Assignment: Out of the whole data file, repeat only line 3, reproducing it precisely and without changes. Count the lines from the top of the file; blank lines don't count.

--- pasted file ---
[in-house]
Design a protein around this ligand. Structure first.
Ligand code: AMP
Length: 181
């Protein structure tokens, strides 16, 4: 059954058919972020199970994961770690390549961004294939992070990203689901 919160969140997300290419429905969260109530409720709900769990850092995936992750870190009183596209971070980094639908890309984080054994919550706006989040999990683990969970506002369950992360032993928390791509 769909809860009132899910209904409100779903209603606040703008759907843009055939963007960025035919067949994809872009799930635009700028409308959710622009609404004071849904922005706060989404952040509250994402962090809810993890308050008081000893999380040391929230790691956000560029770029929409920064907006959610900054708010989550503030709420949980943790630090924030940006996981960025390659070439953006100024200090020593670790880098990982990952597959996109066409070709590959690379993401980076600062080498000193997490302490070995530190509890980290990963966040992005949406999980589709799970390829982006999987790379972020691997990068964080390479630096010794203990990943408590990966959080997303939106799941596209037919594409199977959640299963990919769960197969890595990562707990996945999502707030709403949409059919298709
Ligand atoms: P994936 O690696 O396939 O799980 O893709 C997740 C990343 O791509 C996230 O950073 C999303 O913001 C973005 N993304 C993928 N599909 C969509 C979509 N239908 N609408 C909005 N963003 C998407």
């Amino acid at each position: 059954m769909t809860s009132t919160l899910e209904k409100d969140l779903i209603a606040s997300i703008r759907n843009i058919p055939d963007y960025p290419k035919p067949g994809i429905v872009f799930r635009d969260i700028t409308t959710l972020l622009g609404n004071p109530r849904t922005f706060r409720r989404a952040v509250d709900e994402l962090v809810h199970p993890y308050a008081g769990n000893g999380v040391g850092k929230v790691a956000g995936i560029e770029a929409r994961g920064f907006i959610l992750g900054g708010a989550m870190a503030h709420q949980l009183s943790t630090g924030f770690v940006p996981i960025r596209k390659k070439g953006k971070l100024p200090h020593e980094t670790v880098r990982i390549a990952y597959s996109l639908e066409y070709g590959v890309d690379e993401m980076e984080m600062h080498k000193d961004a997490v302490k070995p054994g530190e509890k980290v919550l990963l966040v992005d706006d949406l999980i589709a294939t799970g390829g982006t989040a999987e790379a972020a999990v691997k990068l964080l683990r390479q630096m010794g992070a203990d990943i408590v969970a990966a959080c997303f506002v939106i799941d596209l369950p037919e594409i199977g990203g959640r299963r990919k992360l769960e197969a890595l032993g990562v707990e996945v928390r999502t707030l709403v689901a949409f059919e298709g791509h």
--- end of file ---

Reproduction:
Ligand code: AMP